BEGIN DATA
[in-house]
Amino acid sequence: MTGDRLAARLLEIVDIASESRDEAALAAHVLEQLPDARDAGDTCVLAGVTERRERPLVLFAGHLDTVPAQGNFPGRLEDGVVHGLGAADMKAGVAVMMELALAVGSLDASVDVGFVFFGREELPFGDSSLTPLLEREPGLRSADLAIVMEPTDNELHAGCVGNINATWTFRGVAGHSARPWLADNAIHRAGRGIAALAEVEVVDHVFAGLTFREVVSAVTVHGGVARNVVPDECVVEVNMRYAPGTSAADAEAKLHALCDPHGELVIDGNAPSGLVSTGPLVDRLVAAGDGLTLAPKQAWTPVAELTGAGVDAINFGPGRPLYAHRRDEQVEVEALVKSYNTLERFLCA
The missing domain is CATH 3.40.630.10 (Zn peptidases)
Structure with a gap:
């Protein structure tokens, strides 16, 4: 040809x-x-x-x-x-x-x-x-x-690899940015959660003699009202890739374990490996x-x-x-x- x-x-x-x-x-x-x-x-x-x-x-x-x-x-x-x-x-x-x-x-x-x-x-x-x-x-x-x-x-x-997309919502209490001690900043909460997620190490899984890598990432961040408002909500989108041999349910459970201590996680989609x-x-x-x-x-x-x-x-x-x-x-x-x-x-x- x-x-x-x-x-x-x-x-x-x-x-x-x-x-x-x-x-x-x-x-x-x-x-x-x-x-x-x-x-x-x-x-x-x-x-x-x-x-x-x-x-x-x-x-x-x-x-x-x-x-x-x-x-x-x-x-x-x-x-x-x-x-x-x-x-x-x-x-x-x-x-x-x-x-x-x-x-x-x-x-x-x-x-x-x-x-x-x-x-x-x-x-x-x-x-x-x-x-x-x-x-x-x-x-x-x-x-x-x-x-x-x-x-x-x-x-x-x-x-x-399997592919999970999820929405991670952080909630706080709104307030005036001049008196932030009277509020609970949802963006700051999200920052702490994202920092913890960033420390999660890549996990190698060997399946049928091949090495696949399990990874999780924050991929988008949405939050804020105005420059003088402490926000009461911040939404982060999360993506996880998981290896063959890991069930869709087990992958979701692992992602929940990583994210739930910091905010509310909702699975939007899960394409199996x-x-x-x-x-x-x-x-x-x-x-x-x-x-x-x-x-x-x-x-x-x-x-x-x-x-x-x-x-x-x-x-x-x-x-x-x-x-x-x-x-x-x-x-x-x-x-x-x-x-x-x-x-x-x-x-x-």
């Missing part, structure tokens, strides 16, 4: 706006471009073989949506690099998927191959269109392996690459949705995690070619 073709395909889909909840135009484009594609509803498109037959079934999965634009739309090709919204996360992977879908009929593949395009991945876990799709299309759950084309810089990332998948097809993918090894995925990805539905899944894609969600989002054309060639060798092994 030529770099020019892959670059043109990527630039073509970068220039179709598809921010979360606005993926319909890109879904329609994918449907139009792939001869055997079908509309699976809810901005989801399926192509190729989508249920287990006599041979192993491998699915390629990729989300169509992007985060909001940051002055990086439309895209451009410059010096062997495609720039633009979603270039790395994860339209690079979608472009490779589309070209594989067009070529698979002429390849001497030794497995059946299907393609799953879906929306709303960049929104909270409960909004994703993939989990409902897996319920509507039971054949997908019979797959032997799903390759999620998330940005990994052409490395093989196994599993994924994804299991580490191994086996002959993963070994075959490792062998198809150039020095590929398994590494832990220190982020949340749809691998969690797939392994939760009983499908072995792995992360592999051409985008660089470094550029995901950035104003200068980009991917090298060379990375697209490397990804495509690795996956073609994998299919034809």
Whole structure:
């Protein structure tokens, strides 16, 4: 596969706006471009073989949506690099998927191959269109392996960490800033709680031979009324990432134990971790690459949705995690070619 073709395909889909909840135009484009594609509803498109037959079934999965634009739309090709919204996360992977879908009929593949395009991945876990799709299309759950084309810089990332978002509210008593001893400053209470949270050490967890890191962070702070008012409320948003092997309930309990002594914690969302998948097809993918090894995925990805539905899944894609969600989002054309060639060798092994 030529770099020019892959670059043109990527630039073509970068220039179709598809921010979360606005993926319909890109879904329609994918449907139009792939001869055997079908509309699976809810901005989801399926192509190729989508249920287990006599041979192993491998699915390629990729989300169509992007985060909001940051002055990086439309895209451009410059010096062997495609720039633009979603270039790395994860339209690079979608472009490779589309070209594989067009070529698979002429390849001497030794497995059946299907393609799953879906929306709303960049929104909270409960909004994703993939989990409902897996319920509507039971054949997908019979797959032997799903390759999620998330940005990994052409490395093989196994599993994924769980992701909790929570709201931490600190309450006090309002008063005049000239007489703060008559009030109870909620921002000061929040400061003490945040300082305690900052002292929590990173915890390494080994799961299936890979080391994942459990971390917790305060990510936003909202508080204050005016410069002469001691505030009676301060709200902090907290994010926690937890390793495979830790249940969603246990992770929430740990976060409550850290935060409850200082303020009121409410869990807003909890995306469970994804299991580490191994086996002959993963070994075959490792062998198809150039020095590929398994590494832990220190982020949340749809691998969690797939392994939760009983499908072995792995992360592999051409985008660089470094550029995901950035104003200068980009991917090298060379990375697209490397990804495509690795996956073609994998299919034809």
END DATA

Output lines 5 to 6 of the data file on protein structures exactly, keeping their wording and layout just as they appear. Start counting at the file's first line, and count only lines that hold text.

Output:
């Protein structure tokens, strides 16, 4: 040809x-x-x-x-x-x-x-x-x-690899940015959660003699009202890739374990490996x-x-x-x- x-x-x-x-x-x-x-x-x-x-x-x-x-x-x-x-x-x-x-x-x-x-x-x-x-x-x-x-x-x-997309919502209490001690900043909460997620190490899984890598990432961040408002909500989108041999349910459970201590996680989609x-x-x-x-x-x-x-x-x-x-x-x-x-x-x- x-x-x-x-x-x-x-x-x-x-x-x-x-x-x-x-x-x-x-x-x-x-x-x-x-x-x-x-x-x-x-x-x-x-x-x-x-x-x-x-x-x-x-x-x-x-x-x-x-x-x-x-x-x-x-x-x-x-x-x-x-x-x-x-x-x-x-x-x-x-x-x-x-x-x-x-x-x-x-x-x-x-x-x-x-x-x-x-x-x-x-x-x-x-x-x-x-x-x-x-x-x-x-x-x-x-x-x-x-x-x-x-x-x-x-x-x-x-x-x-399997592919999970999820929405991670952080909630706080709104307030005036001049008196932030009277509020609970949802963006700051999200920052702490994202920092913890960033420390999660890549996990190698060997399946049928091949090495696949399990990874999780924050991929988008949405939050804020105005420059003088402490926000009461911040939404982060999360993506996880998981290896063959890991069930869709087990992958979701692992992602929940990583994210739930910091905010509310909702699975939007899960394409199996x-x-x-x-x-x-x-x-x-x-x-x-x-x-x-x-x-x-x-x-x-x-x-x-x-x-x-x-x-x-x-x-x-x-x-x-x-x-x-x-x-x-x-x-x-x-x-x-x-x-x-x-x-x-x-x-x-």
């Missing part, structure tokens, strides 16, 4: 706006471009073989949506690099998927191959269109392996690459949705995690070619 073709395909889909909840135009484009594609509803498109037959079934999965634009739309090709919204996360992977879908009929593949395009991945876990799709299309759950084309810089990332998948097809993918090894995925990805539905899944894609969600989002054309060639060798092994 030529770099020019892959670059043109990527630039073509970068220039179709598809921010979360606005993926319909890109879904329609994918449907139009792939001869055997079908509309699976809810901005989801399926192509190729989508249920287990006599041979192993491998699915390629990729989300169509992007985060909001940051002055990086439309895209451009410059010096062997495609720039633009979603270039790395994860339209690079979608472009490779589309070209594989067009070529698979002429390849001497030794497995059946299907393609799953879906929306709303960049929104909270409960909004994703993939989990409902897996319920509507039971054949997908019979797959032997799903390759999620998330940005990994052409490395093989196994599993994924994804299991580490191994086996002959993963070994075959490792062998198809150039020095590929398994590494832990220190982020949340749809691998969690797939392994939760009983499908072995792995992360592999051409985008660089470094550029995901950035104003200068980009991917090298060379990375697209490397990804495509690795996956073609994998299919034809």